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For the most part the aforementioned are mere annoyances, but there are other things in Madagascar that can make you twitch your last.
The most notorious is the so-called man-eating tree of Madagascar. The first European description of this bulbous tree, a kind of elephantine Venus flytrap, appeared in the South Australian Register of 1881. In horrifying detail, the author tells how he watched aghast as members of the Mkodo tribe offered a woman in sacrifice to the dreaded tree, whose white, transparent leaves reminded him of the quivering mouthparts of an insect:
The slender delicate palpi, with the fury of starved serpents, quivered a moment over her head, then as if instinct with demoniac intelligence fastened upon her in sudden coils round and round her neck and arms; then while her awful screams and yet more awful laughter rose wildly to be instantly strangled down again into a gurgling moan, the tendrils one after another, like great green serpents, with brutal energy and infernal rapidity, rose, retracted themselves, and wrapped her about in fold after fold, ever tightening with cruel swiftness and savage tenacity of anacondas fastening upon their prey.
Several blood-drinking trees are reported from around the world. The man-eating tree of Madagascar is supposed to look like a big pineapple and exude a drugged liquid that is addictive. Once victims go far enough inside it, it closes and squeezes all juices out of the victim. Further investigation seems to discount these stories, suggesting instead that the tree exude a poisonous gas that causes animals to die at its base. In any case, either variety of death trees is presently unrecognized by science. The yate-veo tree of Central America is supposed to impale its victims on sharp spikes and then absorb the blood through its trunk, and the Nicaraguan dog-eating tree is supposed to entangle its victims with sticky vines and then suck all their blood out within five minutes.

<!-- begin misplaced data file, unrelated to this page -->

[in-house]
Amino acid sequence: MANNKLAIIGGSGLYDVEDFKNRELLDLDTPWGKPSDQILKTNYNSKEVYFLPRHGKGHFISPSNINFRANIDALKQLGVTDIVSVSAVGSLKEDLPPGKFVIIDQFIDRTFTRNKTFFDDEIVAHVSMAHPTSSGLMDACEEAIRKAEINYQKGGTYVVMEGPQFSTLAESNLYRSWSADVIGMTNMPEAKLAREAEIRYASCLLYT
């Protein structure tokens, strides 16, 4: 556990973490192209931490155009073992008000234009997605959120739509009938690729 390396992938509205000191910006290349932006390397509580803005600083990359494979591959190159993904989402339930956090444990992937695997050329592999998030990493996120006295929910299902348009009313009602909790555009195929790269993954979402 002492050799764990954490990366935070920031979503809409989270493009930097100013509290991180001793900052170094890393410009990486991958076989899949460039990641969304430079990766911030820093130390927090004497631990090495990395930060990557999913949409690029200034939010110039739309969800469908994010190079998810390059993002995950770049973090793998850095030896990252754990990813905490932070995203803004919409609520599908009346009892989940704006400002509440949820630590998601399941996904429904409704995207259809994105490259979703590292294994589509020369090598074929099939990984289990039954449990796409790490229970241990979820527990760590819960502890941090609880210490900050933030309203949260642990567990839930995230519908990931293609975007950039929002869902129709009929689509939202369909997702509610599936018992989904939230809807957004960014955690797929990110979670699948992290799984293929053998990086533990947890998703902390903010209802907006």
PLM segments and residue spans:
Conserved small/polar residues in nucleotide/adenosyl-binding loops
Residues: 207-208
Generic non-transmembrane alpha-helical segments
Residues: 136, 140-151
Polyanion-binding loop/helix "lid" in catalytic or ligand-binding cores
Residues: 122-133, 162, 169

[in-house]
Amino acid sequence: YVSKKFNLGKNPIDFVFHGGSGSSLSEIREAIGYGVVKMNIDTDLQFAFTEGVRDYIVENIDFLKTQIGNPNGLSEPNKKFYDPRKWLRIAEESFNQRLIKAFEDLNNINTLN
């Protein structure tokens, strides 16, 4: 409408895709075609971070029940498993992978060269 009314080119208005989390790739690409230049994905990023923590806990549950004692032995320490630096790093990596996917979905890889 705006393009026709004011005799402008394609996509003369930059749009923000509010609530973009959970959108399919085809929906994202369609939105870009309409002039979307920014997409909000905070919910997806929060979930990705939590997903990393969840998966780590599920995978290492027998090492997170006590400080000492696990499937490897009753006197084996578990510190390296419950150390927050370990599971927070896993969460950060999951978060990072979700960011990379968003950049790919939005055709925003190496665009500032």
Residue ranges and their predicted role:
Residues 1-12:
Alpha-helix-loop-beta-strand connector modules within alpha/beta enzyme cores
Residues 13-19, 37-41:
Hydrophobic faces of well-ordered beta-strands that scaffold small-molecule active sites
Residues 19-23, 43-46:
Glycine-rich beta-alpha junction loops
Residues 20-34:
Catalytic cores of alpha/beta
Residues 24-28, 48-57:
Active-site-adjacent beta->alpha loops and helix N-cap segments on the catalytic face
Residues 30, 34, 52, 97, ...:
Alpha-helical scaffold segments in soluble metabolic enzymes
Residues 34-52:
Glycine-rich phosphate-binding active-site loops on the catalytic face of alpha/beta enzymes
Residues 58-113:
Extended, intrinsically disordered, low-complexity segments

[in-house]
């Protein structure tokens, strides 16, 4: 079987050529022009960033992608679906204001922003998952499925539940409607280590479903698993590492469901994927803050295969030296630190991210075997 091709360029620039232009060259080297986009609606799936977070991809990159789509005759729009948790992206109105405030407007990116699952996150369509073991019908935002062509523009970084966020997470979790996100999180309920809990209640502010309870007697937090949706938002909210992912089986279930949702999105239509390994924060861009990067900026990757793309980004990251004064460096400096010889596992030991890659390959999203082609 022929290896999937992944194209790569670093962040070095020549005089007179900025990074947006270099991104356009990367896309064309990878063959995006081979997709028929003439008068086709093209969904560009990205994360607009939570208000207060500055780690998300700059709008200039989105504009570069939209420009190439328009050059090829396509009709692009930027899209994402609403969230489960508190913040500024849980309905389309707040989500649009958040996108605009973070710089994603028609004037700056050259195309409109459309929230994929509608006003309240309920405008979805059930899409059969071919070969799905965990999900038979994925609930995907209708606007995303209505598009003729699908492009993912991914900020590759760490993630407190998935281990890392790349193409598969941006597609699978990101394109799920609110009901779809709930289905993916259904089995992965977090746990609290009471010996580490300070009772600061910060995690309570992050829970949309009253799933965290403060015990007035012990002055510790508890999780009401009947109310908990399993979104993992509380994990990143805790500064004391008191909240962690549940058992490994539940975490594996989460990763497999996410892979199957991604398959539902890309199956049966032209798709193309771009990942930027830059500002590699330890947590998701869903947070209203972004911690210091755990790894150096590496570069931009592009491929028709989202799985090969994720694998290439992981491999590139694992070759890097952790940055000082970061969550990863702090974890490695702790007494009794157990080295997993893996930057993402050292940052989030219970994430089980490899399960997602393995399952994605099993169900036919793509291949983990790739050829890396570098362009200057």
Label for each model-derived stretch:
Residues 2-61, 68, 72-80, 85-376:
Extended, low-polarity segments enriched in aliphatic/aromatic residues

It appears that a naturalist, a Mr. Dunstan by name, was botanising in one of the swamps around the Nicaragua Lake. The account goes on to relate that "while hunting for specimens he heard his dog cry out, as if in agony, from a distance. Running to the spot whence the animals cries came, Mr. Dunstan found him enveloped in a perfect network of what seemed to be a fine, rope-like tissue, of roots and fibers. The plant or vine seemed composed entirely of bare, interlacing stems, resembling more than anything else the branches of a weeping willow denuded of its foliage, but of a dark, nearly black hue, and covered with a thick, viscid gum that exuded from the pores. Drawing his knife, Mr. Dunstan attempted to cut the poor beast free, but it was with very great difficulty that he managed to sever the fleshy muscular fibers (sic) of the plant. When the dog was extricated from the coils of the plant, Mr. Dunstan saw to his horror that its body was bloodstained, while the skin appeared to be actually sucked or puckered in spots, and the animal staggered as if from exhaustion. In cutting the vine the twigs curled like living, sinuous fingers about Mr. Dunstan's hand, and it required no slight force to free the member from their clinging grasp, which left the flesh red and blistered. The tree, it seems, is well known to the natives, who relate many stories of its death-dealing powers